Pretend Play: Sandbox Garden

While walking through the dollar store, I came across their floral department and wondered what I could do with some of their brightly colored silk flowers. At first I thought about a sensory box, but then thought it would be much better to get outside for the activity and take the “gardening” to the sandbox!

Pretend Play for Toddlers: Gardening in the Sandbox

 Supplies:

  • Silk flowers in a variety of colors
  • Watering can
  • Kid-friendly hand hoe
  • Kid-friendly spade
  • Plastic flower pots
  • Any other kid-friendly gardening tools you have on hand

I stuck the flowers in her sandbox, tossed in the tools, and called Peanut over (not that she hadn’t spotted the fun and was headed over already). She dug right in with the tools, but didn’t show much interest in the flowers. In fact, she really only played with the flowers for a few minutes. She mostly focused on digging with the shovel and the hoe. She also enjoyed filling the flower pots, scooping sand into them, dumping them out, and starting all over again.

Pretend Play for Toddlers: Gardening in the Sandbox

I have to admit…she probably didn’t know what to do with the flowers because Mommy is terrible at growing flowers and we don’t have many around our yard. She sees flowers as pretty things you smell when you’re in a park! :/ I really need to work on that skill. Haha!

What we talked about during play:
“Look at the pretty flowers!”
“You sure are good at filling that flower pot.”
“Can you put the flower in the flower pot?”
“What are you planting?”
“Did you find any seeds?”
“I see that you dug a hole. That’s a big hole!”

Keeping these supplies in the sandbox for a few days is easy and your kiddo will love it. It’s a change from the normal sandbox toys that take up all the real estate in the box that provide a chance for your toddler to be like you and garden away.

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There’s a Commotion in the Ocean Literacy Bag

Who doesn’t love the ocean? And who doesn’t enjoy the book There’s a Commotion in the Ocean by Giles Andreae? This literacy bag explores the lovable book with ocean characters, ocean character movement cards, and a jelly fish in a bottle craft!

There's A Commotion in the Ocean Literacy BagSupplies:

You will need to do some preparation in advance of this literacy bag. You’ll need to print the movement cards and make the jellyfish in a bottle, which the instructions for can be found here at Bhoom Play. My words of advice are to take your time on the jellyfish. I tried to hurry when cutting my tentacles and they were too big and the “jellyfish” couldn’t move around in the bottle well.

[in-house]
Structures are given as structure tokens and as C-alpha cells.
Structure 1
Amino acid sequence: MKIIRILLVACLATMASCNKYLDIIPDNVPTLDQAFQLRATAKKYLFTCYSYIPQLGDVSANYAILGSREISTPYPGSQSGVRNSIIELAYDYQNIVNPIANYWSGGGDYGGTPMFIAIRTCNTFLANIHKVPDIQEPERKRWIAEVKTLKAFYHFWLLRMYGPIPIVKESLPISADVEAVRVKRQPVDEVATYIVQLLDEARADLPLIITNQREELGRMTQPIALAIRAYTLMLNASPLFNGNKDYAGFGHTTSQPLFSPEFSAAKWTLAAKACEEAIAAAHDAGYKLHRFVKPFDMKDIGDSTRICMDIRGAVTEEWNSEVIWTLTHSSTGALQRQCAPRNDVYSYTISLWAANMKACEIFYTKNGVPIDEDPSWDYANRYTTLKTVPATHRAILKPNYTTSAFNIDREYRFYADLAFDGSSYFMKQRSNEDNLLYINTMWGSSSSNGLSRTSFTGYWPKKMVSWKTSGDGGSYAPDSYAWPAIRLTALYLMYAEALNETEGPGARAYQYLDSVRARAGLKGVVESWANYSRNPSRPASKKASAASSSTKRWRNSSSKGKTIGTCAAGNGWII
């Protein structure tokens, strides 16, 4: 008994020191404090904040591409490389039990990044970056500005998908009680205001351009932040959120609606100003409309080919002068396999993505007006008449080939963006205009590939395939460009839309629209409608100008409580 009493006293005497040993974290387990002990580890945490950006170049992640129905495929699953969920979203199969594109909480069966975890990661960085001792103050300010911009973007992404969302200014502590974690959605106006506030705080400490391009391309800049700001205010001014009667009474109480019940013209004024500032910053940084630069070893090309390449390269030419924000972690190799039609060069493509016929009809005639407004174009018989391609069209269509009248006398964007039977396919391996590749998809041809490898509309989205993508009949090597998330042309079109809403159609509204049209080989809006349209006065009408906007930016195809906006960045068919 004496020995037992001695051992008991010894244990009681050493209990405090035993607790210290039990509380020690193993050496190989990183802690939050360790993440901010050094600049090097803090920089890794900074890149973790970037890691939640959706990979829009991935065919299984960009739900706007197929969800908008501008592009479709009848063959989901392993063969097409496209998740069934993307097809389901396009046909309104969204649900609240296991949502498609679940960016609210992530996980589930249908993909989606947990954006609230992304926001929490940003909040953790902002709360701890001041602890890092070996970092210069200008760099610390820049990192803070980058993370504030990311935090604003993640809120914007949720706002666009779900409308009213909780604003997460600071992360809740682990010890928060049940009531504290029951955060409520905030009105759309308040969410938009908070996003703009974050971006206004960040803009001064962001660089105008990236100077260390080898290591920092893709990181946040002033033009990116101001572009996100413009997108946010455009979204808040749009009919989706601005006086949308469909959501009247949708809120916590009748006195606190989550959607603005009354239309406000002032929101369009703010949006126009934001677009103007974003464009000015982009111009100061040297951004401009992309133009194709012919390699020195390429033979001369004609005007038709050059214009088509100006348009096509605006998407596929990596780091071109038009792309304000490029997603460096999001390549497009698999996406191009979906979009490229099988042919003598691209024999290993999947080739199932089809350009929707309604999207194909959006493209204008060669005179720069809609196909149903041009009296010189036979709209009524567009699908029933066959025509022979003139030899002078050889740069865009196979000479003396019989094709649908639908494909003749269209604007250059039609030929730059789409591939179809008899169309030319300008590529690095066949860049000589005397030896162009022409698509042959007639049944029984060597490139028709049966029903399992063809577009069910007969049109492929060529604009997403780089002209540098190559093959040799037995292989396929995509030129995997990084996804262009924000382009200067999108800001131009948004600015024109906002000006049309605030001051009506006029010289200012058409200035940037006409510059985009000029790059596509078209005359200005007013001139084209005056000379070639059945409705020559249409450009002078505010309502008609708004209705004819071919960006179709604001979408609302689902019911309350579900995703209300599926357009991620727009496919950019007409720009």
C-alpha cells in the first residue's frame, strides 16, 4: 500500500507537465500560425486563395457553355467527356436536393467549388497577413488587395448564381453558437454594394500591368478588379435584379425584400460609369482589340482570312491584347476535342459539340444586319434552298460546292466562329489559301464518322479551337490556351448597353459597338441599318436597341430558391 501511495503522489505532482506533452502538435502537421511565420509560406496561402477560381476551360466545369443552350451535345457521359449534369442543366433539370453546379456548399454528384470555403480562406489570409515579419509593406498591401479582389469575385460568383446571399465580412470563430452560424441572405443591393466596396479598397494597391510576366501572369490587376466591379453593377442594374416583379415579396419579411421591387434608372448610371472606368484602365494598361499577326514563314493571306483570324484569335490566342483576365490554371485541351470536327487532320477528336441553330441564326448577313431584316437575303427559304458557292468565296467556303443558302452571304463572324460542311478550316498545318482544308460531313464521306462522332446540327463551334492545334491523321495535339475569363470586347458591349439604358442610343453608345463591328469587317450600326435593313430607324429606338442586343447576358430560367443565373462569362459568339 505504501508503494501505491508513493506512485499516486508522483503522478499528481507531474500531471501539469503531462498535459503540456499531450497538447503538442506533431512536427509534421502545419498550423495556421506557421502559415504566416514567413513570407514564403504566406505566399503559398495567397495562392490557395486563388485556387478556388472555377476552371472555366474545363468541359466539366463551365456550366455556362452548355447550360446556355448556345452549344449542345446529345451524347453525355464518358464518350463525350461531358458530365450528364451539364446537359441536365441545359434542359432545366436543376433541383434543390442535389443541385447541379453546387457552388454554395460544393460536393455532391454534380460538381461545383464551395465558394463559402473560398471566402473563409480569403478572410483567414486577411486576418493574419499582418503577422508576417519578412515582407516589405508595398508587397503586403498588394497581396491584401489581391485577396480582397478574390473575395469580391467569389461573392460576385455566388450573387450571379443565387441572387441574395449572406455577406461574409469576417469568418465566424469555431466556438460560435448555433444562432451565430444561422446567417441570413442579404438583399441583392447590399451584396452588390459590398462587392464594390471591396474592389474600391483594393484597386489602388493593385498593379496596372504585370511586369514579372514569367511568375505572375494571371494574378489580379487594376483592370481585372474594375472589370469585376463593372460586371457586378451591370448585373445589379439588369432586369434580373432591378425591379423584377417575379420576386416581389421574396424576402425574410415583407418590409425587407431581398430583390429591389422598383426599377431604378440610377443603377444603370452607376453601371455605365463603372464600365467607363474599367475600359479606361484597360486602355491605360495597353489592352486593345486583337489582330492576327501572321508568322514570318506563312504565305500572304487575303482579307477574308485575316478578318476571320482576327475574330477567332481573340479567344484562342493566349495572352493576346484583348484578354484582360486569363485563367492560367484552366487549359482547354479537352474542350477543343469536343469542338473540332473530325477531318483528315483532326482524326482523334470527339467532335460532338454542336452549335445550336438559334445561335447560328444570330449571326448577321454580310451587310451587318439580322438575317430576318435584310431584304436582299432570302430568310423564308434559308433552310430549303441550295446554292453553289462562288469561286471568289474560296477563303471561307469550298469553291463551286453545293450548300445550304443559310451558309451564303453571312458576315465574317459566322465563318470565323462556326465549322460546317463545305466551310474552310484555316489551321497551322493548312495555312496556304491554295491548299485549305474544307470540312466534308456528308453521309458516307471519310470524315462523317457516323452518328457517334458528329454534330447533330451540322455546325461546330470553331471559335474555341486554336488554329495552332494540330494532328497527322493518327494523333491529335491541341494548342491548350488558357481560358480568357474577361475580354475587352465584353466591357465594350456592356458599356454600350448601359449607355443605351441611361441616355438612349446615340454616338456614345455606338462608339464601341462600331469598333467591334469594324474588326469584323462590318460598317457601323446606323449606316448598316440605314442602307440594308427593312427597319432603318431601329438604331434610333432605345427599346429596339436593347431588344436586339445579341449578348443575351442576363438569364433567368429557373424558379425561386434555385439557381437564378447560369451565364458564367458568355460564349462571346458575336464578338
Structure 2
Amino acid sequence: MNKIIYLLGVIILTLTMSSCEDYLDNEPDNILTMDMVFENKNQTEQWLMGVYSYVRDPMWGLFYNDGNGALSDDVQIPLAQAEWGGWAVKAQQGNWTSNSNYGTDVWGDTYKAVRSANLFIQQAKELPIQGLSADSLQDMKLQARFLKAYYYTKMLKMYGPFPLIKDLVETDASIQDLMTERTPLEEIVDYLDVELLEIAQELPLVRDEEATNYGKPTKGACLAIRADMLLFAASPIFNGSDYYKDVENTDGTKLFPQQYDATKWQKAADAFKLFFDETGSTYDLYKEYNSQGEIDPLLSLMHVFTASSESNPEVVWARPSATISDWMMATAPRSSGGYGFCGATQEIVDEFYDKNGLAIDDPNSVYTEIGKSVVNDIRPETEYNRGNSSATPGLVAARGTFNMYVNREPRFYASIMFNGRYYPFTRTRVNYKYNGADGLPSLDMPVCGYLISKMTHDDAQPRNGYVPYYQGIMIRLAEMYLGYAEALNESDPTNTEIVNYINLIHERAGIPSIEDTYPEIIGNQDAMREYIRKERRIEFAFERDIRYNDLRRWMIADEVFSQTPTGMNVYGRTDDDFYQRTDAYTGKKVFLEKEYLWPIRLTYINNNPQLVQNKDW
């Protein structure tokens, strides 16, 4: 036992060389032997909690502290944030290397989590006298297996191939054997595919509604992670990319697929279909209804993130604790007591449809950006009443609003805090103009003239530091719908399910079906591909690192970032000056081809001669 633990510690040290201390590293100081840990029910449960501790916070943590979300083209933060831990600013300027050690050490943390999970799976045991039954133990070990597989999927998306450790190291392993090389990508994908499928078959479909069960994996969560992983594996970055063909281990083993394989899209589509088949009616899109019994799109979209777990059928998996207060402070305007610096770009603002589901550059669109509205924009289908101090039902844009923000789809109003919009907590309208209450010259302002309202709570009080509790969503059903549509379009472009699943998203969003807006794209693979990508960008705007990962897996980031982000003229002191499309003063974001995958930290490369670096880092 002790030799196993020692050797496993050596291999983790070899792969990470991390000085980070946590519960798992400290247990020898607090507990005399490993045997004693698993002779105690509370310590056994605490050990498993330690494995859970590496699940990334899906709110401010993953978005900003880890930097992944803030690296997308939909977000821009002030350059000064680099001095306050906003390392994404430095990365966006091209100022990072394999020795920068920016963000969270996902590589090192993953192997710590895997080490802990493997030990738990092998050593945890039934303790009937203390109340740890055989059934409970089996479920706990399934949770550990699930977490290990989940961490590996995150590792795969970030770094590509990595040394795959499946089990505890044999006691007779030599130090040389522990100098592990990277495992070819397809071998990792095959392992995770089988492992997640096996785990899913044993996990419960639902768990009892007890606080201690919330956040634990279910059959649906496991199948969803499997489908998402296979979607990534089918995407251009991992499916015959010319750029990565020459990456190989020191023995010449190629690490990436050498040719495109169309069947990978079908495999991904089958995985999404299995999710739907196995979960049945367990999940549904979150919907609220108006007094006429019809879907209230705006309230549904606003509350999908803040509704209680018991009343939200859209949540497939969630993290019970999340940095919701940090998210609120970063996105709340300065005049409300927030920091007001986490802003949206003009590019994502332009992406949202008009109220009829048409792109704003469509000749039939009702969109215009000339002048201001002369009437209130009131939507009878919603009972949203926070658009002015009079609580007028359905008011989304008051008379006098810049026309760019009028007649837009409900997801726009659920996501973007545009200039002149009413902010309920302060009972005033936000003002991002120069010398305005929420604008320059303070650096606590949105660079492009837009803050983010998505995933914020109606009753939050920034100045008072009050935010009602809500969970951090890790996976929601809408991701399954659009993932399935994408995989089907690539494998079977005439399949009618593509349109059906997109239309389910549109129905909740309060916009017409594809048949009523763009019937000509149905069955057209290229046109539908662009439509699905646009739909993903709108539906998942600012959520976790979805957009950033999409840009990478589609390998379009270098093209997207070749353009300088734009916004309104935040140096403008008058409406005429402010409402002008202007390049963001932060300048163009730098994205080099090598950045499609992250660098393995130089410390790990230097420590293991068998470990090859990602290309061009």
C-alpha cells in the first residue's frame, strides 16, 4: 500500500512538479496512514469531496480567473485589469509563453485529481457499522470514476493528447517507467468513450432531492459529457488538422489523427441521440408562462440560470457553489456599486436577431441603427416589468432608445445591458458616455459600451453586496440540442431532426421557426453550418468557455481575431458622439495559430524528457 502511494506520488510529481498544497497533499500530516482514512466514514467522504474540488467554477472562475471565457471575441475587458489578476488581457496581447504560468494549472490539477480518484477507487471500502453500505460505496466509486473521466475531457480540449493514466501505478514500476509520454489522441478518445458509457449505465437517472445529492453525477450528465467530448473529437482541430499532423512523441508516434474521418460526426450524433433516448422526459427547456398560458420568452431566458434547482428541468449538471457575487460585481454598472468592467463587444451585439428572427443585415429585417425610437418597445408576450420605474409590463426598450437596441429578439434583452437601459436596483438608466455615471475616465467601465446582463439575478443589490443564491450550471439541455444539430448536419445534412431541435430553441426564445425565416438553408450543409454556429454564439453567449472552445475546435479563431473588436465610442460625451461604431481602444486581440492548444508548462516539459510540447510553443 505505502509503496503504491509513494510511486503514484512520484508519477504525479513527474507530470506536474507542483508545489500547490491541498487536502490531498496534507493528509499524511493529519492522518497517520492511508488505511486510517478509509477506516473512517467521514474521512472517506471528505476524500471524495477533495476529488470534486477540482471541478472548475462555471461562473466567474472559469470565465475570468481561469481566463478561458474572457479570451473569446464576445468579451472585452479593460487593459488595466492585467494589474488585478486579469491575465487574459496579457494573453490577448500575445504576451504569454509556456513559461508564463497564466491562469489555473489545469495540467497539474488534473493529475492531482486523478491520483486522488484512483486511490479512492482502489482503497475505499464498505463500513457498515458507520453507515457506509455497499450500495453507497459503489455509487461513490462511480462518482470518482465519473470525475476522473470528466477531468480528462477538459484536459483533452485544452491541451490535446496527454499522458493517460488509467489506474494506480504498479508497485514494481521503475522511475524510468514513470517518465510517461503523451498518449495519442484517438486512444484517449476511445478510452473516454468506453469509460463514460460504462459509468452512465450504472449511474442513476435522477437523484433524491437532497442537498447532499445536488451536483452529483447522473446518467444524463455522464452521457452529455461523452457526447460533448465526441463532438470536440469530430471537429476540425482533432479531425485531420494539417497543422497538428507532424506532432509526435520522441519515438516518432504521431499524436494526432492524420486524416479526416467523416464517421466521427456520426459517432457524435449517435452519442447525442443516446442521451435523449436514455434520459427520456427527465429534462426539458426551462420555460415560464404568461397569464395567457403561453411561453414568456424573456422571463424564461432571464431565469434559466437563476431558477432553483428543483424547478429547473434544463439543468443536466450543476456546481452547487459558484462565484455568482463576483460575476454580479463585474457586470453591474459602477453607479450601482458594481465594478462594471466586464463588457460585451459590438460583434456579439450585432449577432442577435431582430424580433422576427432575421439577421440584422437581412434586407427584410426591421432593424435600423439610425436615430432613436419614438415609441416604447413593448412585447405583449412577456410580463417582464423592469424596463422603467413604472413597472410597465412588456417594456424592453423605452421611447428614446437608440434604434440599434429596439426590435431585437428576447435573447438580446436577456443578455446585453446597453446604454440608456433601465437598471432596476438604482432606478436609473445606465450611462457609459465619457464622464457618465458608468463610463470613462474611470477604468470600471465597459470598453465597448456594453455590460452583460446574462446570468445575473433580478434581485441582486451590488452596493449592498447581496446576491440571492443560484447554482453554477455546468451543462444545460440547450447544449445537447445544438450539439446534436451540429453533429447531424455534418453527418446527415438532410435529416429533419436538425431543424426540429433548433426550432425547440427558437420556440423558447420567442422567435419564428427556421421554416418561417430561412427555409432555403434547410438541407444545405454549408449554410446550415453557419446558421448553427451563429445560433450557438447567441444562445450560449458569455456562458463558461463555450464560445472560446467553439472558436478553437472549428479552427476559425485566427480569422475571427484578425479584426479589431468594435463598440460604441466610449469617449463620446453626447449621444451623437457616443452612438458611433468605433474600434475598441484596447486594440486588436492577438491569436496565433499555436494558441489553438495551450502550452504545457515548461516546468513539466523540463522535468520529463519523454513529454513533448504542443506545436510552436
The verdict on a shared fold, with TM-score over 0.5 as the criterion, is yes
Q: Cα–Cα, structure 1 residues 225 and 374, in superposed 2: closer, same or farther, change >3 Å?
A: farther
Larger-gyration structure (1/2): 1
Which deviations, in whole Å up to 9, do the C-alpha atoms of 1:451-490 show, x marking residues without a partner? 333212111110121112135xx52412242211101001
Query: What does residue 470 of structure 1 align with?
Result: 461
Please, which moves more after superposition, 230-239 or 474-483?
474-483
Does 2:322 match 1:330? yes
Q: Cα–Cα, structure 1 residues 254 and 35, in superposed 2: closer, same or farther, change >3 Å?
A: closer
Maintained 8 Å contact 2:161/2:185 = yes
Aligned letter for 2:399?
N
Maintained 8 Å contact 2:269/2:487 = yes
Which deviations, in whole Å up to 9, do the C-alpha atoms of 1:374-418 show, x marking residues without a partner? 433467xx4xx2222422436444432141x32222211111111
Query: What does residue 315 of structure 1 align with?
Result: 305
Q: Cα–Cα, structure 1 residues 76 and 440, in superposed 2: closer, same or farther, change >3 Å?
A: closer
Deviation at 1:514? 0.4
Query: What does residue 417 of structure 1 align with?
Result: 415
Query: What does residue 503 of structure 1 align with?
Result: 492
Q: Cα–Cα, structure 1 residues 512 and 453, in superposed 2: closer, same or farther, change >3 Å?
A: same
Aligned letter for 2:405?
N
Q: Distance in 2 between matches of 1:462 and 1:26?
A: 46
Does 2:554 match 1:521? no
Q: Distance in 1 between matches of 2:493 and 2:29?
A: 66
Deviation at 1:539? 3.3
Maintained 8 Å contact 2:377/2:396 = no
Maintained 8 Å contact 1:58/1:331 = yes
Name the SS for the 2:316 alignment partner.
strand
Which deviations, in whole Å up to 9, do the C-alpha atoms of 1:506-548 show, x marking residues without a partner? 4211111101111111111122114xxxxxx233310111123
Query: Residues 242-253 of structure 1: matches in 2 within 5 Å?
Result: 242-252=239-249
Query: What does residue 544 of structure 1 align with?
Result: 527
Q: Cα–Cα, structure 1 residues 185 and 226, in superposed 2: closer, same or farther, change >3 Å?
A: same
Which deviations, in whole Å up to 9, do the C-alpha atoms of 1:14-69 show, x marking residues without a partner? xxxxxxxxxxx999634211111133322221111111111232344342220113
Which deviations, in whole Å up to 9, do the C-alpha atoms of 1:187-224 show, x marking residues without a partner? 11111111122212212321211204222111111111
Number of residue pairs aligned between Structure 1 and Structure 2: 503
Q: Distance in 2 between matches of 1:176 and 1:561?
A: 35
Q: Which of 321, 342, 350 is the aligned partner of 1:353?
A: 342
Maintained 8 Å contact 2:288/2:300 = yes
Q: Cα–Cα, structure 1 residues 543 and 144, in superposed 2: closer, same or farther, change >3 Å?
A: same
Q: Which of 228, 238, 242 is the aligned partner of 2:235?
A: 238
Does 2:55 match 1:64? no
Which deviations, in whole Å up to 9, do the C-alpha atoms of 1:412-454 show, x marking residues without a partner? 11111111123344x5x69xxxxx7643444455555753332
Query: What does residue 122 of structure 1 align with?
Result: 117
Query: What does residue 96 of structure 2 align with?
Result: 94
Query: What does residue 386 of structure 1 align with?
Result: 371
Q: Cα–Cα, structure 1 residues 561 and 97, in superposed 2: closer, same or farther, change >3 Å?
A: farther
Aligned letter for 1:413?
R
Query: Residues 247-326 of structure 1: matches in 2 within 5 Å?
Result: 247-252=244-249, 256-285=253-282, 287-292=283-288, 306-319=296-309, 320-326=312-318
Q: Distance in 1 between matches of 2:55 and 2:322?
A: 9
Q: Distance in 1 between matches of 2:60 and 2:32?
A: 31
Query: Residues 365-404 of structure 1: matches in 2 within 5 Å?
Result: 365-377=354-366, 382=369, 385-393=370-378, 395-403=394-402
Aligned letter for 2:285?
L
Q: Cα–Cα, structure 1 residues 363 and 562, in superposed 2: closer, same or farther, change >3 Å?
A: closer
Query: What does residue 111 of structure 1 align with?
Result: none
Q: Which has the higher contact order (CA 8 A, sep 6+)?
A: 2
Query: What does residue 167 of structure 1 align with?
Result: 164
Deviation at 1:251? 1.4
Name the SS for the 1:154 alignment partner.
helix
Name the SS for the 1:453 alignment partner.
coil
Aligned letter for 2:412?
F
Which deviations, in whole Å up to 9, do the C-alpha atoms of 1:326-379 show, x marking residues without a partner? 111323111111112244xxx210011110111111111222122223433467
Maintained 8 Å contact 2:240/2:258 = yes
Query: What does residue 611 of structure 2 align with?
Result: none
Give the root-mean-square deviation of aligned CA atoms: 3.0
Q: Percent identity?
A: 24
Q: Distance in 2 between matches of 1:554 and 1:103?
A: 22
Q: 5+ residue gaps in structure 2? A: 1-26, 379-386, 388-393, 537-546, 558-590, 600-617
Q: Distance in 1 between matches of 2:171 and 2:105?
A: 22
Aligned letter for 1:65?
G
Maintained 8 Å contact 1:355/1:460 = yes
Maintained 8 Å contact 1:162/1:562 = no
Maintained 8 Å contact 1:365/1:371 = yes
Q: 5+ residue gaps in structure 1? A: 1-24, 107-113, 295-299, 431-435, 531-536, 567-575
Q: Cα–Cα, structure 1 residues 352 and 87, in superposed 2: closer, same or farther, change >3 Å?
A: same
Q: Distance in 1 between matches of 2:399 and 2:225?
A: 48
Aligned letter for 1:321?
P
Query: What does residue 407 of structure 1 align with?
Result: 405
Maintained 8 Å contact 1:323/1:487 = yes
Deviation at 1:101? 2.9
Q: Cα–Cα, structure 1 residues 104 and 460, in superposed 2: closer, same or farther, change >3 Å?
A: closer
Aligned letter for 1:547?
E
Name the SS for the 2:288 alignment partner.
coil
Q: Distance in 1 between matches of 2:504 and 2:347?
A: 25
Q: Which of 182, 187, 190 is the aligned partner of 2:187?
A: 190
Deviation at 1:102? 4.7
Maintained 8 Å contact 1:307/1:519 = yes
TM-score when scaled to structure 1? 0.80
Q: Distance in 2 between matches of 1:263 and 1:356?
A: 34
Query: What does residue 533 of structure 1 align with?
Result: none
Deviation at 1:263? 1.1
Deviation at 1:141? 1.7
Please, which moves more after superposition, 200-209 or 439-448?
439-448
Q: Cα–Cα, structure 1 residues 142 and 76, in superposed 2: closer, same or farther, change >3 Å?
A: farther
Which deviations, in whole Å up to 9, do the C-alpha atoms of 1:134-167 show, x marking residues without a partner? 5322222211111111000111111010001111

Once you have everything assembled, put everything in your literacy backpack and determine where you’re going to sit down, relax, and read your story…preferably outside if the weather is nice! It was a bit rainy today, so during a break in the rain we got outside and sat on our covered porch which had stayed dry enough we could still use it.

I introduced the book to Peanut by reading her the title, author and illustrator. Today I mentioned that we were looking at the cover of the book. Book features such as covers, title pages, indexes, etc. are becoming more and more important in school earlier and earlier. Pointing these things out now so your kiddo can find them easily on any book when they reach school age would make your child’s teacher ecstatic. I don’t expect Peanut to know what these are before she’s 3 or 4, but I feel good pointing them out so I know we’re working on it.

Exploring a crab from There's a Commotion in the Ocean

When I began to read each page, I’d get out the figurine that went with that page. Between the bath set, the ocean animal figurines, and our Little People Zoo Talking Animals we had all but one of the sea creatures. Peanut was able to explore the toy while I read her the page. Then, we’d look at the illustration and I’d point out how the animal in the picture was the same as the animal she was holding. I’d complement her on any attempts she made to say the animals name or to copy the sound it made.